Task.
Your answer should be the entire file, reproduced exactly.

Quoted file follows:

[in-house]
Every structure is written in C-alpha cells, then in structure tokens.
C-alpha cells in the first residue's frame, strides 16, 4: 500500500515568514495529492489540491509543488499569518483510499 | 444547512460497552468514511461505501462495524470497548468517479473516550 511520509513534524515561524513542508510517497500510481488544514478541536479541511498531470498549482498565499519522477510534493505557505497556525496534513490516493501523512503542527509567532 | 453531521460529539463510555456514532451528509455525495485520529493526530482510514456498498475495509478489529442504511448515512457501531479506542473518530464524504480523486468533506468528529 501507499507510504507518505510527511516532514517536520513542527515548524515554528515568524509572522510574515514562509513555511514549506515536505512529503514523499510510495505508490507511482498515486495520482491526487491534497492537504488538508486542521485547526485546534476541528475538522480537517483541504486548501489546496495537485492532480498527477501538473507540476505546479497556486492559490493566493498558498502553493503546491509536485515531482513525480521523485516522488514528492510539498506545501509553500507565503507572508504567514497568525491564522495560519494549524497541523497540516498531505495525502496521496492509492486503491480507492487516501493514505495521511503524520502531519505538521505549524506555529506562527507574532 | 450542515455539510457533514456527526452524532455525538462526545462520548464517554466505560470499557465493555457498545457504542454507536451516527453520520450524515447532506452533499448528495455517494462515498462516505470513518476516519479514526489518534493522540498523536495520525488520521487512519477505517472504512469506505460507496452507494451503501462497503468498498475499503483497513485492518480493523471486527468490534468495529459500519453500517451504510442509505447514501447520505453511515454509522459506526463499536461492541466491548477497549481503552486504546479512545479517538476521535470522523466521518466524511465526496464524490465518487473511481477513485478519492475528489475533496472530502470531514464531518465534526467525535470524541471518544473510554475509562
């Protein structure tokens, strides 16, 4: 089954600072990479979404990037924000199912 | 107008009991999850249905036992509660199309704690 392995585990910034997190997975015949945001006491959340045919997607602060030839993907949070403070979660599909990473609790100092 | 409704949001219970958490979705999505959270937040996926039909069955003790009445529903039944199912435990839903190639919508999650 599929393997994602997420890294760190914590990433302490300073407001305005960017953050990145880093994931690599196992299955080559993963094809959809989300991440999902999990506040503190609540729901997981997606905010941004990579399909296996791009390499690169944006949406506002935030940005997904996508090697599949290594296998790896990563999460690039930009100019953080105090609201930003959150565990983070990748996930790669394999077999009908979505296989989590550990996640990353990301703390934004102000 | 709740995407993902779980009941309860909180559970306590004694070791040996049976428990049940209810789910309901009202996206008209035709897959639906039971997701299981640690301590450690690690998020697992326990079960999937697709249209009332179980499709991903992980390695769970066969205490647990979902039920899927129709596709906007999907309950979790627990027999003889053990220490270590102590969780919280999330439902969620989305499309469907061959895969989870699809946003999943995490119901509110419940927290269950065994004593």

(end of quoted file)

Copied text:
[in-house]
Every structure is written in C-alpha cells, then in structure tokens.
C-alpha cells in the first residue's frame, strides 16, 4: 500500500515568514495529492489540491509543488499569518483510499 | 444547512460497552468514511461505501462495524470497548468517479473516550 511520509513534524515561524513542508510517497500510481488544514478541536479541511498531470498549482498565499519522477510534493505557505497556525496534513490516493501523512503542527509567532 | 453531521460529539463510555456514532451528509455525495485520529493526530482510514456498498475495509478489529442504511448515512457501531479506542473518530464524504480523486468533506468528529 501507499507510504507518505510527511516532514517536520513542527515548524515554528515568524509572522510574515514562509513555511514549506515536505512529503514523499510510495505508490507511482498515486495520482491526487491534497492537504488538508486542521485547526485546534476541528475538522480537517483541504486548501489546496495537485492532480498527477501538473507540476505546479497556486492559490493566493498558498502553493503546491509536485515531482513525480521523485516522488514528492510539498506545501509553500507565503507572508504567514497568525491564522495560519494549524497541523497540516498531505495525502496521496492509492486503491480507492487516501493514505495521511503524520502531519505538521505549524506555529506562527507574532 | 450542515455539510457533514456527526452524532455525538462526545462520548464517554466505560470499557465493555457498545457504542454507536451516527453520520450524515447532506452533499448528495455517494462515498462516505470513518476516519479514526489518534493522540498523536495520525488520521487512519477505517472504512469506505460507496452507494451503501462497503468498498475499503483497513485492518480493523471486527468490534468495529459500519453500517451504510442509505447514501447520505453511515454509522459506526463499536461492541466491548477497549481503552486504546479512545479517538476521535470522523466521518466524511465526496464524490465518487473511481477513485478519492475528489475533496472530502470531514464531518465534526467525535470524541471518544473510554475509562
């Protein structure tokens, strides 16, 4: 089954600072990479979404990037924000199912 | 107008009991999850249905036992509660199309704690 392995585990910034997190997975015949945001006491959340045919997607602060030839993907949070403070979660599909990473609790100092 | 409704949001219970958490979705999505959270937040996926039909069955003790009445529903039944199912435990839903190639919508999650 599929393997994602997420890294760190914590990433302490300073407001305005960017953050990145880093994931690599196992299955080559993963094809959809989300991440999902999990506040503190609540729901997981997606905010941004990579399909296996791009390499690169944006949406506002935030940005997904996508090697599949290594296998790896990563999460690039930009100019953080105090609201930003959150565990983070990748996930790669394999077999009908979505296989989590550990996640990353990301703390934004102000 | 709740995407993902779980009941309860909180559970306590004694070791040996049976428990049940209810789910309901009202996206008209035709897959639906039971997701299981640690301590450690690690998020697992326990079960999937697709249209009332179980499709991903992980390695769970066969205490647990979902039920899927129709596709906007999907309950979790627990027999003889053990220490270590102590969780919280999330439902969620989305499309469907061959895969989870699809946003999943995490119901509110419940927290269950065994004593």